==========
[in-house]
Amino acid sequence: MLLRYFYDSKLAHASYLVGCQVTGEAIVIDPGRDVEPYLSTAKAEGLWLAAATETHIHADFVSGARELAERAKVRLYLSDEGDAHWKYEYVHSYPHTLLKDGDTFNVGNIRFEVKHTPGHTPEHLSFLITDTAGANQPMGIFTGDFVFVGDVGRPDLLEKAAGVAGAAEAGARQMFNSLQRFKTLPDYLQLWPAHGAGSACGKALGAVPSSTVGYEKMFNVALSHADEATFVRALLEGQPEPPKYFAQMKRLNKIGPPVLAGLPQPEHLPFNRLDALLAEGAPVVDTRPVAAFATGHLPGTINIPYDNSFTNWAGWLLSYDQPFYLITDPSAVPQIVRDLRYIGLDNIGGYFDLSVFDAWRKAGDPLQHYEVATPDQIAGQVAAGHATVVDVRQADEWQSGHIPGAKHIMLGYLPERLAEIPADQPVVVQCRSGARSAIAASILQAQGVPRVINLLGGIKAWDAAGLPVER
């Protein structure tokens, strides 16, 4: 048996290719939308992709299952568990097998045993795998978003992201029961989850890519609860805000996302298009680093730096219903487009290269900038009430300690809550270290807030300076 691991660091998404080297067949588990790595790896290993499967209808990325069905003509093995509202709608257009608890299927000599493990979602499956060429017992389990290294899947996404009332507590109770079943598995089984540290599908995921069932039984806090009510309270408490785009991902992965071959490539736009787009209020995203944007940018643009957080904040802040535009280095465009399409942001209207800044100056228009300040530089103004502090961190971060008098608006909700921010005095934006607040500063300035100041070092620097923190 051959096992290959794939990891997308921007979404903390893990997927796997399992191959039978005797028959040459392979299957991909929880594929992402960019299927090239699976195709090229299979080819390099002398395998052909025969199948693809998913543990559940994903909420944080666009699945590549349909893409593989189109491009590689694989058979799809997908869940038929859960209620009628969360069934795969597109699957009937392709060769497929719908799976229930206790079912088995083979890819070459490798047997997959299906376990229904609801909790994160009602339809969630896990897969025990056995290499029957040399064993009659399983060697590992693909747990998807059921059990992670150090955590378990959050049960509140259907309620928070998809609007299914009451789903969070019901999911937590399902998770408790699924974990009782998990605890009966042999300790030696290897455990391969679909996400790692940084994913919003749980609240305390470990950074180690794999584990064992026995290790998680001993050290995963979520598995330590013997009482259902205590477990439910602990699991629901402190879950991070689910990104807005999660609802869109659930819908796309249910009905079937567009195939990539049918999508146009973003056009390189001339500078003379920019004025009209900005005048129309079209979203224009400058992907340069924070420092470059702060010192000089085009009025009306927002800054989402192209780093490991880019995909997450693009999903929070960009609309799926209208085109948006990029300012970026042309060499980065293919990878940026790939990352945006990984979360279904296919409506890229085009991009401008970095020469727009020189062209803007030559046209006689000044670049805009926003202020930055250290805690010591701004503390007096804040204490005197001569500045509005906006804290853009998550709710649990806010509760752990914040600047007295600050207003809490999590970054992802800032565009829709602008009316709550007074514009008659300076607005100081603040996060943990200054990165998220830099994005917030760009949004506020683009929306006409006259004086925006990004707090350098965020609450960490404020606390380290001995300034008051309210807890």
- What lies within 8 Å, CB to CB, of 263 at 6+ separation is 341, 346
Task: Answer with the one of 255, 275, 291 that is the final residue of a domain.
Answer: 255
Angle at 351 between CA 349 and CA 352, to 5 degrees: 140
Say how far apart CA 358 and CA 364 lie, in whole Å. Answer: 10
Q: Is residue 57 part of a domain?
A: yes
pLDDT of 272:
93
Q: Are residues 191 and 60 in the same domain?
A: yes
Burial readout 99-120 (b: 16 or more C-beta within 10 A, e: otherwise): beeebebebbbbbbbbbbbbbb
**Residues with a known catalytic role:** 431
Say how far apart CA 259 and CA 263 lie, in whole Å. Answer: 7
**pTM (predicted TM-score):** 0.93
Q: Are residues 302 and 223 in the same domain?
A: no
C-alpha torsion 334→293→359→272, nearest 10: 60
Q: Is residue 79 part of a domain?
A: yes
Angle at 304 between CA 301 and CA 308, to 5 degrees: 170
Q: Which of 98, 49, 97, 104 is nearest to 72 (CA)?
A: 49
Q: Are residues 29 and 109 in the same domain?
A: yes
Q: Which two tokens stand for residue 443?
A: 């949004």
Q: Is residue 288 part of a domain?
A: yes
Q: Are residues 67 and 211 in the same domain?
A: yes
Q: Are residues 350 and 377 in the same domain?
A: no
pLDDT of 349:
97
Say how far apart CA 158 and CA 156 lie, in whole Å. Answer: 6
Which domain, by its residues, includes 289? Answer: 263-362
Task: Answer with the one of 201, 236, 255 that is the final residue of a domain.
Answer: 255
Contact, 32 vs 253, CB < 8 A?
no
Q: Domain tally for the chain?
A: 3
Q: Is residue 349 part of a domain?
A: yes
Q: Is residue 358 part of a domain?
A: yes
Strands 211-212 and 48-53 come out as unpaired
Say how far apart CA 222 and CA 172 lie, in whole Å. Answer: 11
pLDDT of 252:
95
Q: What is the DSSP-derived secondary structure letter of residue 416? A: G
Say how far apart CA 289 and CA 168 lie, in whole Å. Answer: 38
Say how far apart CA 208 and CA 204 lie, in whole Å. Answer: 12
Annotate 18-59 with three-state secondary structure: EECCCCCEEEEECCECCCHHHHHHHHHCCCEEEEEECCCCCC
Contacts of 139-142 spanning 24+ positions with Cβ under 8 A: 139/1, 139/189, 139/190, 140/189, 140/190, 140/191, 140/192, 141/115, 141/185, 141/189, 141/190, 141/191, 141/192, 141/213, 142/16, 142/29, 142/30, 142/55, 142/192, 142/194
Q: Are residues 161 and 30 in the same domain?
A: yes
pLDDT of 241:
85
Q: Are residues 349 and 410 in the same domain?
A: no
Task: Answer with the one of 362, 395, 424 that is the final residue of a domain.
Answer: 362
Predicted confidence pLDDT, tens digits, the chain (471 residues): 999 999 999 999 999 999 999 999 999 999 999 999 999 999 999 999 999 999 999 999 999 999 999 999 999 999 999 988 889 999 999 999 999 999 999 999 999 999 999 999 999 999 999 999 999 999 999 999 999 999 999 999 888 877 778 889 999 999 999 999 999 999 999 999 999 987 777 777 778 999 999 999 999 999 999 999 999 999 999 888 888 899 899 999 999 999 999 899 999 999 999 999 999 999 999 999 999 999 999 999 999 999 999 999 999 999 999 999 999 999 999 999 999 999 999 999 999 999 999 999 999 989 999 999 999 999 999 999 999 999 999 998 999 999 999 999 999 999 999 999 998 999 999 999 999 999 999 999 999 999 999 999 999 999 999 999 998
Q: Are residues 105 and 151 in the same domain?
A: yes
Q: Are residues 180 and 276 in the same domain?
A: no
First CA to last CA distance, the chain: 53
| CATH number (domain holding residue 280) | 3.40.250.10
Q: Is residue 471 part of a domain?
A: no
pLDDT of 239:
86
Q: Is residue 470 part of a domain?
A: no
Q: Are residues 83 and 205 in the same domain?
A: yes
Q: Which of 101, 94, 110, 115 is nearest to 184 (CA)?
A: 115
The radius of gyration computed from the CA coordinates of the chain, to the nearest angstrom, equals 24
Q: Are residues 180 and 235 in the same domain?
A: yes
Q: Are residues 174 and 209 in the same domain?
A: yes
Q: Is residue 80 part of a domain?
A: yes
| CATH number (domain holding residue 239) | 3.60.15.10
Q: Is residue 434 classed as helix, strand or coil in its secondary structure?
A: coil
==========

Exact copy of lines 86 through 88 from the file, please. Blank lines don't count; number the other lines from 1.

Q: Are residues 180 and 235 in the same domain?
A: yes
Q: Are residues 174 and 209 in the same domain?